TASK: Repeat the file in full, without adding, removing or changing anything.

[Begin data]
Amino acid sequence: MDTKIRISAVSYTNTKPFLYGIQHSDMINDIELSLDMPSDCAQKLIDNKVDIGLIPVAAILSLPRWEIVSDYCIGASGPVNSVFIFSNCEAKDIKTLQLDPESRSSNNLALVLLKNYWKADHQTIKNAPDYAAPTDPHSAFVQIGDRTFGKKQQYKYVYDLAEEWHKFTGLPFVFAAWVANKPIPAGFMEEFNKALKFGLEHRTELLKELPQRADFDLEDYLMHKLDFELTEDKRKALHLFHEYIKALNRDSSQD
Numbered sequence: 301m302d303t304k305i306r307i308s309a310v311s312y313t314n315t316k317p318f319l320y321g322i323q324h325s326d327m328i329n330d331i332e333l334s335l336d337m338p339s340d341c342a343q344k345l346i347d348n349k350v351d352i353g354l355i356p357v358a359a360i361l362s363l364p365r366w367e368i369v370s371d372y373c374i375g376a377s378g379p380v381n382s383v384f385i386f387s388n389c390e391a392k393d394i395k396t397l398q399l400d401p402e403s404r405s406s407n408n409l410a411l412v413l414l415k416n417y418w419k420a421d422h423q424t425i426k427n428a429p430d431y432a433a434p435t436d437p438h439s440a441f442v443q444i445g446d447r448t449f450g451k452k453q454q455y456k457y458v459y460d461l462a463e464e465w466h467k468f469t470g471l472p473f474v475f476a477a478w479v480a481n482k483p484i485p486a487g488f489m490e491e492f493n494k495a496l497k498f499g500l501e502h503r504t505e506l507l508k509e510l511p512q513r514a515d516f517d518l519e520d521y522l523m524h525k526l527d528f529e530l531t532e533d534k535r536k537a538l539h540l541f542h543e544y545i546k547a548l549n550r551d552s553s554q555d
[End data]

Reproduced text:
Amino acid sequence: MDTKIRISAVSYTNTKPFLYGIQHSDMINDIELSLDMPSDCAQKLIDNKVDIGLIPVAAILSLPRWEIVSDYCIGASGPVNSVFIFSNCEAKDIKTLQLDPESRSSNNLALVLLKNYWKADHQTIKNAPDYAAPTDPHSAFVQIGDRTFGKKQQYKYVYDLAEEWHKFTGLPFVFAAWVANKPIPAGFMEEFNKALKFGLEHRTELLKELPQRADFDLEDYLMHKLDFELTEDKRKALHLFHEYIKALNRDSSQD
Numbered sequence: 301m302d303t304k305i306r307i308s309a310v311s312y313t314n315t316k317p318f319l320y321g322i323q324h325s326d327m328i329n330d331i332e333l334s335l336d337m338p339s340d341c342a343q344k345l346i347d348n349k350v351d352i353g354l355i356p357v358a359a360i361l362s363l364p365r366w367e368i369v370s371d372y373c374i375g376a377s378g379p380v381n382s383v384f385i386f387s388n389c390e391a392k393d394i395k396t397l398q399l400d401p402e403s404r405s406s407n408n409l410a411l412v413l414l415k416n417y418w419k420a421d422h423q424t425i426k427n428a429p430d431y432a433a434p435t436d437p438h439s440a441f442v443q444i445g446d447r448t449f450g451k452k453q454q455y456k457y458v459y460d461l462a463e464e465w466h467k468f469t470g471l472p473f474v475f476a477a478w479v480a481n482k483p484i485p486a487g488f489m490e491e492f493n494k495a496l497k498f499g500l501e502h503r504t505e506l507l508k509e510l511p512q513r514a515d516f517d518l519e520d521y522l523m524h525k526l527d528f529e530l531t532e533d534k535r536k537a538l539h540l541f542h543e544y545i546k547a548l549n550r551d552s553s554q555d